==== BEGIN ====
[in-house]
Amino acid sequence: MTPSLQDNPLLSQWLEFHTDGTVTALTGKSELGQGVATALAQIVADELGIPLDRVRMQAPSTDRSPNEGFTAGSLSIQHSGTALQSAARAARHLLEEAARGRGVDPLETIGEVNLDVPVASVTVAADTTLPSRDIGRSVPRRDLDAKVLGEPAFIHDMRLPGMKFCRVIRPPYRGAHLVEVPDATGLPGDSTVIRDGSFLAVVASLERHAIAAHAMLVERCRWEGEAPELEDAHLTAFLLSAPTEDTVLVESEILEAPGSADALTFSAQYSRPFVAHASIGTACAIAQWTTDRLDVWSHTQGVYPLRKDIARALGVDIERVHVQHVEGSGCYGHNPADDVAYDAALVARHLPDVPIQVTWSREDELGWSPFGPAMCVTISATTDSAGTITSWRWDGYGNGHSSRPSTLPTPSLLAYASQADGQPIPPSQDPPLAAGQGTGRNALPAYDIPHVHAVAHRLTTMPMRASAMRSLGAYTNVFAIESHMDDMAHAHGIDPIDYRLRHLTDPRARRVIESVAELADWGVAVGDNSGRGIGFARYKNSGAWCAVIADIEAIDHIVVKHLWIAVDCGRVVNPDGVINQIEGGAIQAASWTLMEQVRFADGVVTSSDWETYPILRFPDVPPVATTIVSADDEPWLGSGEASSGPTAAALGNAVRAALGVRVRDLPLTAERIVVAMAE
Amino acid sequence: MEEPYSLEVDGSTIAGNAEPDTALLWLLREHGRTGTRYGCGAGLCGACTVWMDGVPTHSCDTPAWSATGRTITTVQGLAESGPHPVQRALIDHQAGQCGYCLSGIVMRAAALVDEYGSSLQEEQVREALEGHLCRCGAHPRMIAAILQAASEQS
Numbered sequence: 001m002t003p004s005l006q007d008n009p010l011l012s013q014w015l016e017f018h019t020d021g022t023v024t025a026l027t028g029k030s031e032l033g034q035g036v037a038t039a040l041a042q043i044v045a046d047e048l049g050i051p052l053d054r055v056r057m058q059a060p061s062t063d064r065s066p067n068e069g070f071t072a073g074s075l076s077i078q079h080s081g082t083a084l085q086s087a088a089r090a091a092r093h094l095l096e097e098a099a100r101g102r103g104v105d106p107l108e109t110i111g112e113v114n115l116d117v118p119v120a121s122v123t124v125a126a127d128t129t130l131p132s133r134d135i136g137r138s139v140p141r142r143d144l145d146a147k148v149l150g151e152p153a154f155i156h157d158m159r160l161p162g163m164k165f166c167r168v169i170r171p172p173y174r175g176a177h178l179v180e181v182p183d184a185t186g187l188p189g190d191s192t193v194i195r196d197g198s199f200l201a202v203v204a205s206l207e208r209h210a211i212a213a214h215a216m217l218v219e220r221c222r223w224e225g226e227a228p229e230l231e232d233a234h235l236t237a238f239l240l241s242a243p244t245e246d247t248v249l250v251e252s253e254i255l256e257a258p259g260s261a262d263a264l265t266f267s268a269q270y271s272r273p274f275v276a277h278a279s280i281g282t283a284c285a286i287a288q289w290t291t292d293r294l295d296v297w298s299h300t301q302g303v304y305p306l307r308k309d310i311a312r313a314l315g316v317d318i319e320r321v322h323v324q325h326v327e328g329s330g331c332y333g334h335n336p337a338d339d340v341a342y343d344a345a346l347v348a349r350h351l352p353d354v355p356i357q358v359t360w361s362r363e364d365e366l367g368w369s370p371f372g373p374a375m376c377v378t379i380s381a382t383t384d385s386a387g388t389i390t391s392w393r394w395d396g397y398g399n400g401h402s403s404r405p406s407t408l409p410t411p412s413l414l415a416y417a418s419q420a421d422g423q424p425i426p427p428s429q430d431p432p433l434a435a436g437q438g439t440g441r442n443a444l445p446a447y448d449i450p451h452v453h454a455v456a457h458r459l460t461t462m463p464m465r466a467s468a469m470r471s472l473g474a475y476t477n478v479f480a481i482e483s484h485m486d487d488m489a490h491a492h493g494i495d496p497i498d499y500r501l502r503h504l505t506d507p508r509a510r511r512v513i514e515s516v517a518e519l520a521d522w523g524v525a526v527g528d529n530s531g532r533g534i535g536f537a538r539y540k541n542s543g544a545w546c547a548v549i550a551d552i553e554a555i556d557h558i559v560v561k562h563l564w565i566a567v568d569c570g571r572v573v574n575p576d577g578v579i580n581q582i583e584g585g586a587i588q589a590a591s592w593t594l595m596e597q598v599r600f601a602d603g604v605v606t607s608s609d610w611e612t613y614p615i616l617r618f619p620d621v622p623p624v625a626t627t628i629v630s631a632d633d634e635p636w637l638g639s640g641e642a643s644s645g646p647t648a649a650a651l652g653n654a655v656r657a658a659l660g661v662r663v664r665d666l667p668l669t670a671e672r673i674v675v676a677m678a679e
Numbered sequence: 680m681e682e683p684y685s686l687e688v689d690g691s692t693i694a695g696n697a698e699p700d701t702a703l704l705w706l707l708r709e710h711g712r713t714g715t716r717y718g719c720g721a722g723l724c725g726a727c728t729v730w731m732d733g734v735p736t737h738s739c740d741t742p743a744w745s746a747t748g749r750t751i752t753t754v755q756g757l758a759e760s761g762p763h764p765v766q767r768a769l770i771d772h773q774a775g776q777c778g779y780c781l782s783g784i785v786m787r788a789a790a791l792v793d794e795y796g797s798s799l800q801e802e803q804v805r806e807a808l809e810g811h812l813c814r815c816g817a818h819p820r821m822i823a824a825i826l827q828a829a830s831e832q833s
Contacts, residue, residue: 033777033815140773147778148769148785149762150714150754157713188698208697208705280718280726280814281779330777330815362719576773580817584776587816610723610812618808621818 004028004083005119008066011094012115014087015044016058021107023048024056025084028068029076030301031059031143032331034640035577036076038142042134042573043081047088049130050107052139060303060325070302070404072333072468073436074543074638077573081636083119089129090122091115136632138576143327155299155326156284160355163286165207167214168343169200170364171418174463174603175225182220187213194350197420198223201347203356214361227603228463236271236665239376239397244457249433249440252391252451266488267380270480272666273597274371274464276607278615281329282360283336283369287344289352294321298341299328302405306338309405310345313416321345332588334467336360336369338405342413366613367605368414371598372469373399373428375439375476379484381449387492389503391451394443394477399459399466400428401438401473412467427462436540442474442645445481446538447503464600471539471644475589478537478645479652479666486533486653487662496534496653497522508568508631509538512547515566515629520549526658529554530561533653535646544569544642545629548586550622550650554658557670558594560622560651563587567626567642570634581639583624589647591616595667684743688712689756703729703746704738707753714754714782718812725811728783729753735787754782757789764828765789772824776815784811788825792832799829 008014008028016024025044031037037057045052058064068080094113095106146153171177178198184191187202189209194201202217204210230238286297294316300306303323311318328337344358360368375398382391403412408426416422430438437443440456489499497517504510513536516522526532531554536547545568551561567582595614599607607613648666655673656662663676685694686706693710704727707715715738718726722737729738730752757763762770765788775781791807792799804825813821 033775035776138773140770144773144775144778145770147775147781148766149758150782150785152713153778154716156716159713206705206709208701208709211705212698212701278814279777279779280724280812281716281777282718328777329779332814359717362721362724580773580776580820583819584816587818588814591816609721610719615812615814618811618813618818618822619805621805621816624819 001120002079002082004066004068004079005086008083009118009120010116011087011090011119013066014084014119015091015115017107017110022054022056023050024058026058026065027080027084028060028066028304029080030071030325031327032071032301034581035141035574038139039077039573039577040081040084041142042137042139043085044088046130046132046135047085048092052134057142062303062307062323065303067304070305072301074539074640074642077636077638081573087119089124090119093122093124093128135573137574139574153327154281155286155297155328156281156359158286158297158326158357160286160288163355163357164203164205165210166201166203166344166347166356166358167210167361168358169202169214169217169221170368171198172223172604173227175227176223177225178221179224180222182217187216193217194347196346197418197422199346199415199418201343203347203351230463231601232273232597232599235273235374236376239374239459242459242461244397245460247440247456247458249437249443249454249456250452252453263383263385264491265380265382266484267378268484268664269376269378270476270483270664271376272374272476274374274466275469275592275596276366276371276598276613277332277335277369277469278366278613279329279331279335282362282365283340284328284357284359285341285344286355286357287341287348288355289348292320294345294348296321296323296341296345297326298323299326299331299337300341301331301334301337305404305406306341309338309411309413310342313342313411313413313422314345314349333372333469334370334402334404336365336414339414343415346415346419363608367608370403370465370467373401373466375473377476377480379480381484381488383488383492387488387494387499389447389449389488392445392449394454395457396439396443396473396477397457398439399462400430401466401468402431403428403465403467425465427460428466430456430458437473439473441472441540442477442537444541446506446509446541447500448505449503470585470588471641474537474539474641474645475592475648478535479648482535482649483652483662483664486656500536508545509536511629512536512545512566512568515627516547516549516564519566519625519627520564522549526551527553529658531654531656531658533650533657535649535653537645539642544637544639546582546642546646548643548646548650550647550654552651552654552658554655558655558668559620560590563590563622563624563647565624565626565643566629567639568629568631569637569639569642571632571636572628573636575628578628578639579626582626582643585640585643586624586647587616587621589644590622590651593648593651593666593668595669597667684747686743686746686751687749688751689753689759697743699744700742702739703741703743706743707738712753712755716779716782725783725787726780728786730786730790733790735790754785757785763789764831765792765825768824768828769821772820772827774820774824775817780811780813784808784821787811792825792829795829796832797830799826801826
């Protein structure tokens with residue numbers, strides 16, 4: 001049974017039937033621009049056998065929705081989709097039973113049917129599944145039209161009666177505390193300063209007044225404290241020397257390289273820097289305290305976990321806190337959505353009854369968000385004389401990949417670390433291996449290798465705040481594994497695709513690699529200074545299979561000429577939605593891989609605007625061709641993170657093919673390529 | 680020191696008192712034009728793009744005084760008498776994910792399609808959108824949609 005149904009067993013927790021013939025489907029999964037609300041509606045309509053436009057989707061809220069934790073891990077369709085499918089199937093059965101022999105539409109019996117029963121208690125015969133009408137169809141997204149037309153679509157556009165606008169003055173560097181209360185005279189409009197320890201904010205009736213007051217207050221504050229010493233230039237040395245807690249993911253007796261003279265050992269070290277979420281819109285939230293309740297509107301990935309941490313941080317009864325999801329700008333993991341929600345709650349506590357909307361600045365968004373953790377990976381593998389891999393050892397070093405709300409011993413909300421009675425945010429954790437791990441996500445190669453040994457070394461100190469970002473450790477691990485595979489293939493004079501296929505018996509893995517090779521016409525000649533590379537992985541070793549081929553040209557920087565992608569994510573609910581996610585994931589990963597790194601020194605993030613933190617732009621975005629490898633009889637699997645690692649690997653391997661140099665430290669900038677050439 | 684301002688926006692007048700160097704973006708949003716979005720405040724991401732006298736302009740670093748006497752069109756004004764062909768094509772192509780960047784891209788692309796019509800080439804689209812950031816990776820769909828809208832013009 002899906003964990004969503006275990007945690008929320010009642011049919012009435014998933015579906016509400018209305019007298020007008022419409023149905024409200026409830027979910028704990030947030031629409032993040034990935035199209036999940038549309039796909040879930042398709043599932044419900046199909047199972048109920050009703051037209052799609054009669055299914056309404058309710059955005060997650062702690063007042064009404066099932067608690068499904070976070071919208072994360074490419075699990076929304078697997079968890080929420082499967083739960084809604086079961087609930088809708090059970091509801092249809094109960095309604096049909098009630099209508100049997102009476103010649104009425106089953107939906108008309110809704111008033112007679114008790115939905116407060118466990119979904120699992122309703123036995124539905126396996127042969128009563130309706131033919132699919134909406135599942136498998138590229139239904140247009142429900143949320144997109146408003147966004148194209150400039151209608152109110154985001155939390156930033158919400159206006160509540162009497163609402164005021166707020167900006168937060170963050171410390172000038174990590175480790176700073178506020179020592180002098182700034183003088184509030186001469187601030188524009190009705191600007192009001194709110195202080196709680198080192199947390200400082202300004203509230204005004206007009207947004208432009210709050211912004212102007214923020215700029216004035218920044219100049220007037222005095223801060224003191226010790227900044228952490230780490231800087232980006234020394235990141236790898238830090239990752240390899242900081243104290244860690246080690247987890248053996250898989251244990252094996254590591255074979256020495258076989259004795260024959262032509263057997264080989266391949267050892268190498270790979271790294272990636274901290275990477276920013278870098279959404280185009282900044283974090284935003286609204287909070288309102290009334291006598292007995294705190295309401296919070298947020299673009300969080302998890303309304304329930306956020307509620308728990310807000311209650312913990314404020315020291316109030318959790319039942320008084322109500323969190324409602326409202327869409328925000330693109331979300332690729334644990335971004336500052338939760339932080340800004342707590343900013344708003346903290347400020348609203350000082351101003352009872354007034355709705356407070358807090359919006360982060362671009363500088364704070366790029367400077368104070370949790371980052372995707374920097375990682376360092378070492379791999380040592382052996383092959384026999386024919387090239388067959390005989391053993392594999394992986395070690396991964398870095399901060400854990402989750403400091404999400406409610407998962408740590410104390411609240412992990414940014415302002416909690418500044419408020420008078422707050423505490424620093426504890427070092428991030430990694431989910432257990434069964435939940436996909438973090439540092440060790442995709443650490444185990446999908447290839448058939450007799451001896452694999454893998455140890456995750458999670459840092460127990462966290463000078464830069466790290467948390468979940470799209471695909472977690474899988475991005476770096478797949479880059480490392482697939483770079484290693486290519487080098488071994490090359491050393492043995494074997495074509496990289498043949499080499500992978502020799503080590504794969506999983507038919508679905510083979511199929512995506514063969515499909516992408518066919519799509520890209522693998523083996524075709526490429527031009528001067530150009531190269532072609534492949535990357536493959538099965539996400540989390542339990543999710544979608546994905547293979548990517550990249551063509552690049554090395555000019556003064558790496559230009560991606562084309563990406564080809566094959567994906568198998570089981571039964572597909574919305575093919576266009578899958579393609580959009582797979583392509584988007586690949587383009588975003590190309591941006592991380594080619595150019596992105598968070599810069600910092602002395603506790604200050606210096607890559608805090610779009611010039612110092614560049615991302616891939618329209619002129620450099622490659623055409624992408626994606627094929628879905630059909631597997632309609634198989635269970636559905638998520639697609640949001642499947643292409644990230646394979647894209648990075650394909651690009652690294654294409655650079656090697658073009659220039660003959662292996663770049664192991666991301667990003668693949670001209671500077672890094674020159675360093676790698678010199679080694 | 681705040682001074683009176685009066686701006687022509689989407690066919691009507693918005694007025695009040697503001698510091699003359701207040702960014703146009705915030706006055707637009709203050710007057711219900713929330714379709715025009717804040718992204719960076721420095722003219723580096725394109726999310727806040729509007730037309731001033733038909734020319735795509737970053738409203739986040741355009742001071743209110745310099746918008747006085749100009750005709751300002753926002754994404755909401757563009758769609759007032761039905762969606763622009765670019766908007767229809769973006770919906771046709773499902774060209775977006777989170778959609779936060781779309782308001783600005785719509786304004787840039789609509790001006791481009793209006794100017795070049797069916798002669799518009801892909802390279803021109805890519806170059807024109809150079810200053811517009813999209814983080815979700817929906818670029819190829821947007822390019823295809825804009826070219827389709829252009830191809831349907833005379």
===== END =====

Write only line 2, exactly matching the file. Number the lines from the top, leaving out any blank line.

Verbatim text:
Amino acid sequence: MTPSLQDNPLLSQWLEFHTDGTVTALTGKSELGQGVATALAQIVADELGIPLDRVRMQAPSTDRSPNEGFTAGSLSIQHSGTALQSAARAARHLLEEAARGRGVDPLETIGEVNLDVPVASVTVAADTTLPSRDIGRSVPRRDLDAKVLGEPAFIHDMRLPGMKFCRVIRPPYRGAHLVEVPDATGLPGDSTVIRDGSFLAVVASLERHAIAAHAMLVERCRWEGEAPELEDAHLTAFLLSAPTEDTVLVESEILEAPGSADALTFSAQYSRPFVAHASIGTACAIAQWTTDRLDVWSHTQGVYPLRKDIARALGVDIERVHVQHVEGSGCYGHNPADDVAYDAALVARHLPDVPIQVTWSREDELGWSPFGPAMCVTISATTDSAGTITSWRWDGYGNGHSSRPSTLPTPSLLAYASQADGQPIPPSQDPPLAAGQGTGRNALPAYDIPHVHAVAHRLTTMPMRASAMRSLGAYTNVFAIESHMDDMAHAHGIDPIDYRLRHLTDPRARRVIESVAELADWGVAVGDNSGRGIGFARYKNSGAWCAVIADIEAIDHIVVKHLWIAVDCGRVVNPDGVINQIEGGAIQAASWTLMEQVRFADGVVTSSDWETYPILRFPDVPPVATTIVSADDEPWLGSGEASSGPTAAALGNAVRAALGVRVRDLPLTAERIVVAMAE